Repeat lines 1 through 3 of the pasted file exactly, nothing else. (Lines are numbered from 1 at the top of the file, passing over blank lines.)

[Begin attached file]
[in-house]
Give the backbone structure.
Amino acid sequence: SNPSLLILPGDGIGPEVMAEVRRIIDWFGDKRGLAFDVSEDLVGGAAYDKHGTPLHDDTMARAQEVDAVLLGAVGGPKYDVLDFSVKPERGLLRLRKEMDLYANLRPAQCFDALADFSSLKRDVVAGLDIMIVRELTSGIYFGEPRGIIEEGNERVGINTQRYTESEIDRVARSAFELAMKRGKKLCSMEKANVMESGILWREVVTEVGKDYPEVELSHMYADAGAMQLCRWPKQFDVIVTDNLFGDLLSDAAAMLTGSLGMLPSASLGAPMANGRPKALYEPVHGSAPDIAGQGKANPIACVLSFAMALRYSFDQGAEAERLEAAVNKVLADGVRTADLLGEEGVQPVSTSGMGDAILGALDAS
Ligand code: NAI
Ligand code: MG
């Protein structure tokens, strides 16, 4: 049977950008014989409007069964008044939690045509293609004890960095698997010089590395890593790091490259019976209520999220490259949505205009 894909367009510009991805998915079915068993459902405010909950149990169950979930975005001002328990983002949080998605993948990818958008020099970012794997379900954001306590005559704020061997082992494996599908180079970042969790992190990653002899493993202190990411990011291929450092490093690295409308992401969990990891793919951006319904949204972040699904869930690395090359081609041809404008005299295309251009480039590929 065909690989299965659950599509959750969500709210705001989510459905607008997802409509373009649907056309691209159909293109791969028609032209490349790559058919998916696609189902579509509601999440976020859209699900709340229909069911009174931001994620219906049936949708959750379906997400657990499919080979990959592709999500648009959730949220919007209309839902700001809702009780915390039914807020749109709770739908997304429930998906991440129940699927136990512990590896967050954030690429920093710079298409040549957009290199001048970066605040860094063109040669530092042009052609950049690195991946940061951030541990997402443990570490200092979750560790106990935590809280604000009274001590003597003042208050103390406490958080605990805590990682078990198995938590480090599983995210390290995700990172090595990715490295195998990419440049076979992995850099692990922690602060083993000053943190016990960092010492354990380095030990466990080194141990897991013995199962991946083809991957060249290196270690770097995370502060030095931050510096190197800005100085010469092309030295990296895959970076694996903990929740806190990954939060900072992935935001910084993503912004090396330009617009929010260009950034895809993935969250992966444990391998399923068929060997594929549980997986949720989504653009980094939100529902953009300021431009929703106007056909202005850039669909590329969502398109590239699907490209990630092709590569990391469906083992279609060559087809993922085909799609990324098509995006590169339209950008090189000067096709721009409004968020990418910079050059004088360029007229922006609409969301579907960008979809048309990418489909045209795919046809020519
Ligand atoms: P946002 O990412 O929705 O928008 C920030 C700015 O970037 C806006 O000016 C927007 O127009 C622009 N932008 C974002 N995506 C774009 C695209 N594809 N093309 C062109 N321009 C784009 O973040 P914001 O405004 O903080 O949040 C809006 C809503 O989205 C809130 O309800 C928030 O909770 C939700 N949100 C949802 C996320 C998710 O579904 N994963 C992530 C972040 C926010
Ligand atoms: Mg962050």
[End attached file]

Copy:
[in-house]
Give the backbone structure.
Amino acid sequence: SNPSLLILPGDGIGPEVMAEVRRIIDWFGDKRGLAFDVSEDLVGGAAYDKHGTPLHDDTMARAQEVDAVLLGAVGGPKYDVLDFSVKPERGLLRLRKEMDLYANLRPAQCFDALADFSSLKRDVVAGLDIMIVRELTSGIYFGEPRGIIEEGNERVGINTQRYTESEIDRVARSAFELAMKRGKKLCSMEKANVMESGILWREVVTEVGKDYPEVELSHMYADAGAMQLCRWPKQFDVIVTDNLFGDLLSDAAAMLTGSLGMLPSASLGAPMANGRPKALYEPVHGSAPDIAGQGKANPIACVLSFAMALRYSFDQGAEAERLEAAVNKVLADGVRTADLLGEEGVQPVSTSGMGDAILGALDAS